The verdict: Newer is better
The original X1 was part of BMW’s early experiments with achieving more fuel-efficient performance from turbocharged engines. By the time the second-generation X1 arrived, BMW had worked out many of those kinks, making the 2016 model the better choice.
2015 Volkswagen Jetta versus 2016 Volkswagen Jetta
We’re doing something a little different in evaluating used versions of the Volkswagen Jetta compact sedan. Both the 2015 and 2016 models belong to the car’s sixth generation, which VW sold from 2011 through 2018, but the years we’re looking at represent the before and after of a significant update.
In 2015, the Jetta’s engine offerings began with a 2.0L four-cylinder engine that dated back to the early 1990s and generated a modest 115 hp. The upgrade was a 1.8L turbo four-cylinder with a more impressive 170-hp output. This was also the last year VW offered its TDI diesel in the Jetta; it was in late 2015 that the company’s diesel emissions scandal came to light. (There was also a sporty Jetta GLI, but we’re only looking at the Jetta’s economy-minded variants here.)
In 2016, VW switched the Jetta’s engine to a 1.4L turbo four-cylinder that split the difference, power-wise, with 150 hp and better fuel economy than either of the previous year’s engines.
2015 Volkswagen Jetta test drive
Volkswagen recalled some 2015 Jetta models with the 1.8L engine to make an engine adjustment meant to reduce the likelihood of a camshaft problem that could leave the car without power brakes. It’s unlikely that this recall affected a large number of cars, but we recommend you check whether the car you’re test-driving was part of the recall.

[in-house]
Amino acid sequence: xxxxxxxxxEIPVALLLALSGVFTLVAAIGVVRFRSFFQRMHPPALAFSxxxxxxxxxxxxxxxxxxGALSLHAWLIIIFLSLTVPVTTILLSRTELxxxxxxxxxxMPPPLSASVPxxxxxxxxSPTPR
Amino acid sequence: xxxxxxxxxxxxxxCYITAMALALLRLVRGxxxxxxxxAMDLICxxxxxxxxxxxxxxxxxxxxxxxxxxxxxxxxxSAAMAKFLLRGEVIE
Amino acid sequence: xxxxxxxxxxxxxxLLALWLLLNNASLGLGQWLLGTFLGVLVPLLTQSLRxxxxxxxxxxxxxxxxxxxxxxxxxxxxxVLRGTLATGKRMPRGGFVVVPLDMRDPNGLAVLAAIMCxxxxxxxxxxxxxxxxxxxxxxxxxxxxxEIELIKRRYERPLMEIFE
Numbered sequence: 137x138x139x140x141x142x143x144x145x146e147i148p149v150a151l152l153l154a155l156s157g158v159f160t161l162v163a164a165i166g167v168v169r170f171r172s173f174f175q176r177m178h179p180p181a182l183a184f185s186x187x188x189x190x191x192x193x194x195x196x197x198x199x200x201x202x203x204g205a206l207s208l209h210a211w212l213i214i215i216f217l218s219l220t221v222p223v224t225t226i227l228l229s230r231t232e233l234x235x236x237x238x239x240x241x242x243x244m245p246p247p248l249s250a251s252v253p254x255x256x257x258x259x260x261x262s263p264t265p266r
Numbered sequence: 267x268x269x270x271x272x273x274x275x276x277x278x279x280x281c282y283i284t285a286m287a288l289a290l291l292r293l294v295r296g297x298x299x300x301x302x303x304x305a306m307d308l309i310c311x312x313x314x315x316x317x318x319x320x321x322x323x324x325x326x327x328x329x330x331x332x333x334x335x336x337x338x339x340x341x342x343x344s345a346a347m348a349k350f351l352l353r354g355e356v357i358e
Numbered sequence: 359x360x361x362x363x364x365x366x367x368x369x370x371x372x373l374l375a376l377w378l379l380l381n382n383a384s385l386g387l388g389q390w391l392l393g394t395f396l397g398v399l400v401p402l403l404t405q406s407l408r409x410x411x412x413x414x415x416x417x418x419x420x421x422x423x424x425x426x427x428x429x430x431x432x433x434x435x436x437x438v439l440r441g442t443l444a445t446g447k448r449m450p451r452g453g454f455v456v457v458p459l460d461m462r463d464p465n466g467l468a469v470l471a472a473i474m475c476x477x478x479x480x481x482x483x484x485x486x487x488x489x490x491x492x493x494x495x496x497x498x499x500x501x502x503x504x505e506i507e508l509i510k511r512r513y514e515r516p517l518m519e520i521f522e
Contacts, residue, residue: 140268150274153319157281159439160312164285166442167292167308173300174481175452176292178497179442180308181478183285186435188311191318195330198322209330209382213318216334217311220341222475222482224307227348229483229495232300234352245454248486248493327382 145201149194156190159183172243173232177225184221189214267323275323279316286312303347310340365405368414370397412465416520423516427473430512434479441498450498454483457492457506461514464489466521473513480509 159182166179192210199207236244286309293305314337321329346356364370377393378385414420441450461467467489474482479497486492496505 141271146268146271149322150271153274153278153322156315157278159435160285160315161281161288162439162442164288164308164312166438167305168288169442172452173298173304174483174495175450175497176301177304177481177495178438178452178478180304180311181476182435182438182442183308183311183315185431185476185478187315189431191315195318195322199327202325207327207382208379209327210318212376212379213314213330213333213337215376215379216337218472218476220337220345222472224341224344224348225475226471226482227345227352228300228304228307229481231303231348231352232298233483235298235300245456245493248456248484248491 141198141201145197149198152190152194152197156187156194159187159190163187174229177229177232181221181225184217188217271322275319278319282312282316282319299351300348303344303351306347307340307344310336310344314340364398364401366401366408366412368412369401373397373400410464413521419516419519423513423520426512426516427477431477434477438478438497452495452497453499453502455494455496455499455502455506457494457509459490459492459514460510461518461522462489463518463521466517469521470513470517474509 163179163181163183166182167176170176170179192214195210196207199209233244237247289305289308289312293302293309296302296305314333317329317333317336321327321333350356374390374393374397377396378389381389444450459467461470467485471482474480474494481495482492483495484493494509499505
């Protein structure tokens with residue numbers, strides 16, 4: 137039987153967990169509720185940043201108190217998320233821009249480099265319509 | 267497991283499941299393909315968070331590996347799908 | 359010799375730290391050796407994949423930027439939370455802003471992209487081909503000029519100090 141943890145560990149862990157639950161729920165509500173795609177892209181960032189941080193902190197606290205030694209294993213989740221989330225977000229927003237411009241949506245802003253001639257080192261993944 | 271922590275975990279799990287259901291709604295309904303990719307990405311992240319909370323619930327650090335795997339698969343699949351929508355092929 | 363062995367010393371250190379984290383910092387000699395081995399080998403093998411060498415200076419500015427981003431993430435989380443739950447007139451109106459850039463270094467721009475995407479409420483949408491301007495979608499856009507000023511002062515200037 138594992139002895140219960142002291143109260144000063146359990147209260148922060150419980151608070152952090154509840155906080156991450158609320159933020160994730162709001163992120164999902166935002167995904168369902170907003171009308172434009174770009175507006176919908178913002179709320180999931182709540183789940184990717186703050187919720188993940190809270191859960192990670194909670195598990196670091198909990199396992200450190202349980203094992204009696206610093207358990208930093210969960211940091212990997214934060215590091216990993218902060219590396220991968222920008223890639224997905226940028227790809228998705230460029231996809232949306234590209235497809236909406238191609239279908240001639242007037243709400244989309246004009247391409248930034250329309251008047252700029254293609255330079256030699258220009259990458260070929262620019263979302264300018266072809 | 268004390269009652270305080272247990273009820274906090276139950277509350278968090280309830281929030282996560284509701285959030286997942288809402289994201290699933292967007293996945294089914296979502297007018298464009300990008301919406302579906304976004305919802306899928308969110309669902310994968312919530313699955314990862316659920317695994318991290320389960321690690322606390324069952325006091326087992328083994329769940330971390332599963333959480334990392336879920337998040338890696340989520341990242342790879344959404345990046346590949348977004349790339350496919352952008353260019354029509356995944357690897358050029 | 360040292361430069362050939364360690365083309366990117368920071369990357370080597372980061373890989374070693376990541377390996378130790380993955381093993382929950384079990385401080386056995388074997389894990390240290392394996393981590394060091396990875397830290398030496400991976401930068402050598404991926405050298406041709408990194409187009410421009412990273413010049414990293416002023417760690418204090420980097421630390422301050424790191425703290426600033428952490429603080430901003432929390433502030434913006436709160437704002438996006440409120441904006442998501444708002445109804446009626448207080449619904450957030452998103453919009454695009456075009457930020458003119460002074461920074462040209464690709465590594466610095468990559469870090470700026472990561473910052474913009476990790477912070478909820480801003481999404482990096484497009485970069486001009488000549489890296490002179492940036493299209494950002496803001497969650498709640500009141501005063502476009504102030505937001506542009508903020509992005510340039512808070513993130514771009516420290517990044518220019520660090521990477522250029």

Here’s another 1.8L engine recall to prevent a potential fuel leak.
2016 Volkswagen Jetta test drive
Some owners complain of poor heater performance in cold winter weather. If you test-drive a Jetta with the 1.4L engine in winter, crank the heat to see whether you’re satisfied with its output.
The Jetta’s 2016 update also included a new infotainment system. At some point during your test drive, park the car and spend some time going through the system’s touchscreen functions. Some owners report the system freezes and sometimes randomly reboots when using the Android Auto smartphone feature.
Other pre-purchase checks
Another cold-related check to make is that the wipers work properly. Among this generation Jetta’s known issues are wipers that seize up and/or slow down in cold weather.
If you’re testing a Jetta with a sunroof, open and close it a few times. Any grinding sounds could mean the mechanism needs to be lubricated. A sticky sunroof can cause a tiny (but relatively expensive) piece to break off that could render the sunroof inoperable.
Owners of both 2015 and 2016 Jettas complain of squeaks and rattles in the interior that develop as the car ages. Take a drive along a bumpy road during your test drive to see what sorts of sounds rough pavement brings out in the car you’re testing.
Verdict: Newer is better